But I still wanted to quit P90X.
What made me put my shoes on tonight and decide to stay on this road? I am not sure. Maybe it’s thinking about my increased flexibility. In that photo above, I am standing comfortably with one leg on the foot board of my bed and the other leg on the floor. I can basically fold myself in half at the waist, I can control my movements when I sit up and sit down, when I get out of bed or off the couch there is no groaning or repositioning or pushing off. I just sit up and get up. I just go, now, where I used to kind of creak and lumber around.
I don’t want to creak and lumber anymore. Not now, that I know what it’s like to have a little bit of balance and a lot more muscle control.
I don’t want to do P90X anymore. But lots of life is about doing things we don’t want to do, right? Anything that gets you to a massive goal is probably going to take a lot of work, a lot of hours of dedication, a lot of saying no to the couch.
I don’t want to be on this road. But what other road is there, now that I’m here? I’m not hurting myself, I’m just working hard, many days a week. What’s so bad about that?
So I did Core Synergistics tonight. I gave my inner perfectionist the cold shoulder and I paused the workout quite a few times to catch my breath and lower my heart rate so I could keep going to the end. And I finished.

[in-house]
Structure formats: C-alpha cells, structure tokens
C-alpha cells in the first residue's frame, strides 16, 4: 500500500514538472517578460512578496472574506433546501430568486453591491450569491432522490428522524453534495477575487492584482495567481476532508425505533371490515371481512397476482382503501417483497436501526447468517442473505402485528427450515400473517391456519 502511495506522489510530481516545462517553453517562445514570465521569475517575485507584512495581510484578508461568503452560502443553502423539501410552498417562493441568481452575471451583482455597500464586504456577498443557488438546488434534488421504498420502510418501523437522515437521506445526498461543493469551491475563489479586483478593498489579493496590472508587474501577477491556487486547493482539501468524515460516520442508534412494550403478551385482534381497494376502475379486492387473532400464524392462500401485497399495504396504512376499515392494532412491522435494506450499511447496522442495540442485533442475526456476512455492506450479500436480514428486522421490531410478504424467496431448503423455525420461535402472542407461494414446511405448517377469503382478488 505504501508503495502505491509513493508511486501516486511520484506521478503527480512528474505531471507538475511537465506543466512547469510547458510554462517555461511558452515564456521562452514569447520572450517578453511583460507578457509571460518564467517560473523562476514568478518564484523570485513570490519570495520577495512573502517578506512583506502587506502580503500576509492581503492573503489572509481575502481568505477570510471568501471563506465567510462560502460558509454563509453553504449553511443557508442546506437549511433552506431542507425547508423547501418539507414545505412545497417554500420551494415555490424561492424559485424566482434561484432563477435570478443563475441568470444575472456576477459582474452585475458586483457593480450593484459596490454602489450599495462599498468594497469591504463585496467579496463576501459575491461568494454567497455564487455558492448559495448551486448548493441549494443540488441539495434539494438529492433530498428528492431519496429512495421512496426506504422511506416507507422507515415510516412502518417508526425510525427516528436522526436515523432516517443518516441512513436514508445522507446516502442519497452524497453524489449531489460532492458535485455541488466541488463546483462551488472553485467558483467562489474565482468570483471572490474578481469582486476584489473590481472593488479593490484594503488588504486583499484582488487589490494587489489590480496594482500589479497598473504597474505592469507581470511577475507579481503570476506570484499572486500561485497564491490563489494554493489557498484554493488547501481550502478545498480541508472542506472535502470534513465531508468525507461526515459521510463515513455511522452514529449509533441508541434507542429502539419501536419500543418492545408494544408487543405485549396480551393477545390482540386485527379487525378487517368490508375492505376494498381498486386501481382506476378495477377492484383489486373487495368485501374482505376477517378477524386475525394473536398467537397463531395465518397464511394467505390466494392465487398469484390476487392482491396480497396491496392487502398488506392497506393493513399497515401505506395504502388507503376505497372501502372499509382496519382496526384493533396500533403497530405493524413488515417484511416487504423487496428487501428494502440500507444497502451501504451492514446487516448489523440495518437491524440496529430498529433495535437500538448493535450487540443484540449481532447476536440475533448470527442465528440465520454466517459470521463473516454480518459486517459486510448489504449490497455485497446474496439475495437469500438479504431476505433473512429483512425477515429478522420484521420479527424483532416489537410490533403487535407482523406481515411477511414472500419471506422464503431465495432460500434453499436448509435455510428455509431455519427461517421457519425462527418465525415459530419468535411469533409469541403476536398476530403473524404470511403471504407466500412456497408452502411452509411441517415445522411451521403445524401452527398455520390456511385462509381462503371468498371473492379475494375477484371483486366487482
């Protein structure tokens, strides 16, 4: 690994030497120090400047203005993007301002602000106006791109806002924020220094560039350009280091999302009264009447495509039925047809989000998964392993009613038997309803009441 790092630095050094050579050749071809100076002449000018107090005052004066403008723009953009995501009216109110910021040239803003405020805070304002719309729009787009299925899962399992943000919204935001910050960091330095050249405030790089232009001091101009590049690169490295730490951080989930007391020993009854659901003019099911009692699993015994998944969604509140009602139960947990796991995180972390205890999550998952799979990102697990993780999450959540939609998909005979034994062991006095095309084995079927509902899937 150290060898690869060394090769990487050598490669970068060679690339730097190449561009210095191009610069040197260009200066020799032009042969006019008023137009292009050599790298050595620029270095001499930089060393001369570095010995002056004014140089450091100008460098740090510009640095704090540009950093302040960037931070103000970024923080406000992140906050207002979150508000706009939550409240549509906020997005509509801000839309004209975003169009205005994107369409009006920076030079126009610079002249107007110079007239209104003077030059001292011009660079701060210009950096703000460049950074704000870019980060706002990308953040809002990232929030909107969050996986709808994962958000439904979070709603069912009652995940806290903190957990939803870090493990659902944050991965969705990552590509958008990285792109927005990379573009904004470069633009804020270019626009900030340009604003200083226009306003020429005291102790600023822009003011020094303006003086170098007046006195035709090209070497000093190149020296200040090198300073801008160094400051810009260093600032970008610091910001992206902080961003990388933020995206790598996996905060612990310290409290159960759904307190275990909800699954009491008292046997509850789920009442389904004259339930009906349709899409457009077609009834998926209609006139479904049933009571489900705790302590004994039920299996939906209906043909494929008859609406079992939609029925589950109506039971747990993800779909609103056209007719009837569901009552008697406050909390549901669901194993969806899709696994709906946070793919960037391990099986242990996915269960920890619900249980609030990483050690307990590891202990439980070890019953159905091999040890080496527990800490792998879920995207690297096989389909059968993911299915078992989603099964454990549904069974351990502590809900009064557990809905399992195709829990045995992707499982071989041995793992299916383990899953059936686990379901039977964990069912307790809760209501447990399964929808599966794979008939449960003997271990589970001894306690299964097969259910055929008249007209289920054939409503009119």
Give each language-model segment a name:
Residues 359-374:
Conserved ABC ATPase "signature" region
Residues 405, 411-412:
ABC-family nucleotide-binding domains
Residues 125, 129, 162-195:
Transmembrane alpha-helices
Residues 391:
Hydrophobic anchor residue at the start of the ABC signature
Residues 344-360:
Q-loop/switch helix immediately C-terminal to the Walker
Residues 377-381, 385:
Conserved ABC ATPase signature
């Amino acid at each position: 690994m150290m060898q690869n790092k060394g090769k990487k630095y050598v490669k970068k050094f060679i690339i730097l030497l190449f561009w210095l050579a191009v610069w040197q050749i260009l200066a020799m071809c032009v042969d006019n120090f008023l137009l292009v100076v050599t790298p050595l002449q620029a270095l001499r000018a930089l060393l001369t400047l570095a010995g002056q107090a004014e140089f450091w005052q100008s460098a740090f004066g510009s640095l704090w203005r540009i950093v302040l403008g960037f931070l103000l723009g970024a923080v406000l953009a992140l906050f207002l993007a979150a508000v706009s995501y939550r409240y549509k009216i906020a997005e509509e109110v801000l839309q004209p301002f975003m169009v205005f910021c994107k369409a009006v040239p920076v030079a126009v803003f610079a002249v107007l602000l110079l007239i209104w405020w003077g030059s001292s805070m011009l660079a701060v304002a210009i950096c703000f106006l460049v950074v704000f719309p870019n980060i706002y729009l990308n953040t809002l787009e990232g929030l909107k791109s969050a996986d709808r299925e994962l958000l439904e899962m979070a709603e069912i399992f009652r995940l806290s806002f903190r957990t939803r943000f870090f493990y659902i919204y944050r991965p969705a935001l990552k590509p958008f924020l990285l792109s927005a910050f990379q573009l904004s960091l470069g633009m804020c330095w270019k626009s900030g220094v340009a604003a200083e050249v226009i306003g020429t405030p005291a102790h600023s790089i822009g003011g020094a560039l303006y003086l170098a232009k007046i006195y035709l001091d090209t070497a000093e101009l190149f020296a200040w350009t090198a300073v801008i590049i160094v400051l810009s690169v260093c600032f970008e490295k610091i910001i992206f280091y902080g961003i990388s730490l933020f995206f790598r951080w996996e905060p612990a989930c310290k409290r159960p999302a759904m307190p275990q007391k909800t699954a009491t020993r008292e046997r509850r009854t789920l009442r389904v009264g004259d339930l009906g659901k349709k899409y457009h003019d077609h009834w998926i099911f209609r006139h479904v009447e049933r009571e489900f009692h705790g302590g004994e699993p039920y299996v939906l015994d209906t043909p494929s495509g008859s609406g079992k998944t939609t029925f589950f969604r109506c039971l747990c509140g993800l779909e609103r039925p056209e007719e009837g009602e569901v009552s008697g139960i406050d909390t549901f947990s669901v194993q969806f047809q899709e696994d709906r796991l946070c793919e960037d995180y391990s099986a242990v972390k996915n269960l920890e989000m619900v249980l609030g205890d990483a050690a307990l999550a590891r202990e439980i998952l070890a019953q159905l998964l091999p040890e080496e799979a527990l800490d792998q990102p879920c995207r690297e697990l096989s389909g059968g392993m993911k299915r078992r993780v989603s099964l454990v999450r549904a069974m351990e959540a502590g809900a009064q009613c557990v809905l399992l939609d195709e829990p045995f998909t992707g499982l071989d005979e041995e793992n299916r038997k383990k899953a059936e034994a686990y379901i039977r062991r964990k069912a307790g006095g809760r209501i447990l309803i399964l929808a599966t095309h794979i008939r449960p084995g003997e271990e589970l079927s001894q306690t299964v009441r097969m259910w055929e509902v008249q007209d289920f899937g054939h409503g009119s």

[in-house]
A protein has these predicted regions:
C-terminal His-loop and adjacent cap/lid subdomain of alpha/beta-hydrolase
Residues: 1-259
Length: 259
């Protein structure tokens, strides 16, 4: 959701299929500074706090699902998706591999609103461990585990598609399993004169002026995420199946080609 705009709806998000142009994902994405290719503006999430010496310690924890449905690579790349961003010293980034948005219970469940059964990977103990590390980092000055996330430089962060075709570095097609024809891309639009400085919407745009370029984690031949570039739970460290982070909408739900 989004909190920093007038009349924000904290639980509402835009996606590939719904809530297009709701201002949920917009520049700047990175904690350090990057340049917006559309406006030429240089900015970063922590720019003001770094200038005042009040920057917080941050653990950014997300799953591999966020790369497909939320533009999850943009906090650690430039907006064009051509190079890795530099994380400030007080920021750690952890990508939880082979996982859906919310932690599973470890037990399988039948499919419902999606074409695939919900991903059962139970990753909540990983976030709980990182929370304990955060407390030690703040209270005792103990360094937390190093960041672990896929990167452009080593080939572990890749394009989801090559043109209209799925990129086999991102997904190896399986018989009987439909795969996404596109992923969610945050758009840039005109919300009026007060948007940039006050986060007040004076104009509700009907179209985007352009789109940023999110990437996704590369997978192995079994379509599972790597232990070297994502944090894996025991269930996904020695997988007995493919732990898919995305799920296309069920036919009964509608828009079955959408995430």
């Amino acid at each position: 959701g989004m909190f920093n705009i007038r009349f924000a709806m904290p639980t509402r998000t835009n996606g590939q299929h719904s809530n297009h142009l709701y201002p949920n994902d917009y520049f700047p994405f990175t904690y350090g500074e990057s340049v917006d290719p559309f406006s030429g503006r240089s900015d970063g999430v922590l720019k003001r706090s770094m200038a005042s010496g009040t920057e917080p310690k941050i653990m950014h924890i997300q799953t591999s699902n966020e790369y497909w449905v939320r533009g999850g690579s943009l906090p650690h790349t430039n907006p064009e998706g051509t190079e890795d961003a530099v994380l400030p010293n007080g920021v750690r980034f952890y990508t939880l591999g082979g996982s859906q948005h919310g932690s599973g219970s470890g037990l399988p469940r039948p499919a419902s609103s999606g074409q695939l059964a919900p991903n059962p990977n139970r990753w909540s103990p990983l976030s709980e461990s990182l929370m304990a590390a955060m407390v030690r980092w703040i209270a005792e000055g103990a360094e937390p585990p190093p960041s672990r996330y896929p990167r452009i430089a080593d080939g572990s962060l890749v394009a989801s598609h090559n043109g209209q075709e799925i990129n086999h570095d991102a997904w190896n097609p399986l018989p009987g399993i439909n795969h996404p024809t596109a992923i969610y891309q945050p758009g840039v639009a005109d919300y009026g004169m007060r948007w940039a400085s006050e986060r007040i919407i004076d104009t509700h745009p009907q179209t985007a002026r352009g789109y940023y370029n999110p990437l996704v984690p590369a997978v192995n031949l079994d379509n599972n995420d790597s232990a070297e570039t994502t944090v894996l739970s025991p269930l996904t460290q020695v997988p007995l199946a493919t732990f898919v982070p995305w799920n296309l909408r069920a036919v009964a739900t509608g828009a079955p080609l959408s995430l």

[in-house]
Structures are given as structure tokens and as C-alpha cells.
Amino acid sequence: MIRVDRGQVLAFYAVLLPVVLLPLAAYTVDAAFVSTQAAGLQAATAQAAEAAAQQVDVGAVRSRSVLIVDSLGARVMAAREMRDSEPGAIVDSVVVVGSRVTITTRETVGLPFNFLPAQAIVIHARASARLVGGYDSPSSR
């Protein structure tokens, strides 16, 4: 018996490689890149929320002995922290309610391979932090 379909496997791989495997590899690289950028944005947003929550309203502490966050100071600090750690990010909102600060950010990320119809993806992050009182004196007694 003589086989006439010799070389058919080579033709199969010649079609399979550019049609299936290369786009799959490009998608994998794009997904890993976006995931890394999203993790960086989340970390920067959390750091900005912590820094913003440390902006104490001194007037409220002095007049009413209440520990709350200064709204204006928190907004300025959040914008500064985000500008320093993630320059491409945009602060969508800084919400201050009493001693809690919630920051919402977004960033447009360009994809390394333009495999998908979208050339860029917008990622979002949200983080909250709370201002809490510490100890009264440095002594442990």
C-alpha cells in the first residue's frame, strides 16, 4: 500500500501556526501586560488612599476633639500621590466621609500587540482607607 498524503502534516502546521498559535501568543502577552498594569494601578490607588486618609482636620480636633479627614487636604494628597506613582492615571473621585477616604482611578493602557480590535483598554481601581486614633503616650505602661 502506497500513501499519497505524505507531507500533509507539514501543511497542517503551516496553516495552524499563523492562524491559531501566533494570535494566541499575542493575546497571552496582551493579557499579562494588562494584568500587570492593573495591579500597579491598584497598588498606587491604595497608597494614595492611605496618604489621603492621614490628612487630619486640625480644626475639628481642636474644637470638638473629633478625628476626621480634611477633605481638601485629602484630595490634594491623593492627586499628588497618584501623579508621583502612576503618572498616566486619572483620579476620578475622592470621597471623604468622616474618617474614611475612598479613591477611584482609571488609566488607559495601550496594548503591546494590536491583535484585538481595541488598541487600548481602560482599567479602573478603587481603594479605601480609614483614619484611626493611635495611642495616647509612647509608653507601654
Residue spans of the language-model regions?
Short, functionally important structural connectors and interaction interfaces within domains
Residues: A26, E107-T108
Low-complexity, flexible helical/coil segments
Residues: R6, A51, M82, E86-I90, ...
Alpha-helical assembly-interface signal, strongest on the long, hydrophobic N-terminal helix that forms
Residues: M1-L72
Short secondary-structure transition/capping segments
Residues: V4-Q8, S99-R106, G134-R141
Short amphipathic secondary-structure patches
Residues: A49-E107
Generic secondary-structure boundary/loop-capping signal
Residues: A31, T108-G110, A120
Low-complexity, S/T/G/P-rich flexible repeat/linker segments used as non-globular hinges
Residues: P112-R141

Because it’s not enough to just start it, is it? Some things are only worth starting if you are going to finish them.
I’m still afraid to write about it, still afraid to talk about it, still afraid to put it down as a record, still afraid to show off the mind-boggling before and after photo of the last 50 pounds I have lost, for fear that maybe it will stop, or go away, or I will wake up tomorrow and it won’t be real.
The last time I decided I was going to try to lose weight, I took a good, hard look at myself, my weight, my life, and all of my previous failed attempts at weight loss. Most of them were just 20 or 30 pounds down, then right back up again. But one of them hurt more than the rest – the time I lost 80 pounds. And then, over the course of four years, the time I gained 80 pounds right back. Plus another 15, just to keep things interesting.